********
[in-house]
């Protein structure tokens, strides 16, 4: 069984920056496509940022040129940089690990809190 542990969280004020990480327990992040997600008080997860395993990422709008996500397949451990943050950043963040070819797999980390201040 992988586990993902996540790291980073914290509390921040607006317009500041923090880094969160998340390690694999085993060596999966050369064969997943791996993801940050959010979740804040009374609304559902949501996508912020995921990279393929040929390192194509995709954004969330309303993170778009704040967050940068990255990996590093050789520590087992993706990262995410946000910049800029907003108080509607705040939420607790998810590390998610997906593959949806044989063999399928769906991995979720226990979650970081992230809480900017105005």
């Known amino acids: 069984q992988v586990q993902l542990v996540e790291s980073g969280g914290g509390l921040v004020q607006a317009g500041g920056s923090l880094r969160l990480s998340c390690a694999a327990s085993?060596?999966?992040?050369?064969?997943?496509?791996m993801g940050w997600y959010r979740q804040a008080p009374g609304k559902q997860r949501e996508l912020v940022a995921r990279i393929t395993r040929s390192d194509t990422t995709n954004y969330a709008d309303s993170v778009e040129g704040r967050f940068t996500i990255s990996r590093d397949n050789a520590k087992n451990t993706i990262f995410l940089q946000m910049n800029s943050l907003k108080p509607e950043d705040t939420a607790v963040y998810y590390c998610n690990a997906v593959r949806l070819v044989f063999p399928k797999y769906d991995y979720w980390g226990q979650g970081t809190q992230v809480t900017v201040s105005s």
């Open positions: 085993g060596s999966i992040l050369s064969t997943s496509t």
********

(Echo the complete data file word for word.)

[in-house]
């Protein structure tokens, strides 16, 4: 069984920056496509940022040129940089690990809190 542990969280004020990480327990992040997600008080997860395993990422709008996500397949451990943050950043963040070819797999980390201040 992988586990993902996540790291980073914290509390921040607006317009500041923090880094969160998340390690694999085993060596999966050369064969997943791996993801940050959010979740804040009374609304559902949501996508912020995921990279393929040929390192194509995709954004969330309303993170778009704040967050940068990255990996590093050789520590087992993706990262995410946000910049800029907003108080509607705040939420607790998810590390998610997906593959949806044989063999399928769906991995979720226990979650970081992230809480900017105005």
């Known amino acids: 069984q992988v586990q993902l542990v996540e790291s980073g969280g914290g509390l921040v004020q607006a317009g500041g920056s923090l880094r969160l990480s998340c390690a694999a327990s085993?060596?999966?992040?050369?064969?997943?496509?791996m993801g940050w997600y959010r979740q804040a008080p009374g609304k559902q997860r949501e996508l912020v940022a995921r990279i393929t395993r040929s390192d194509t990422t995709n954004y969330a709008d309303s993170v778009e040129g704040r967050f940068t996500i990255s990996r590093d397949n050789a520590k087992n451990t993706i990262f995410l940089q946000m910049n800029s943050l907003k108080p509607e950043d705040t939420a607790v963040y998810y590390c998610n690990a997906v593959r949806l070819v044989f063999p399928k797999y769906d991995y979720w980390g226990q979650g970081t809190q992230v809480t900017v201040s105005s």
């Open positions: 085993g060596s999966i992040l050369s064969t997943s496509t």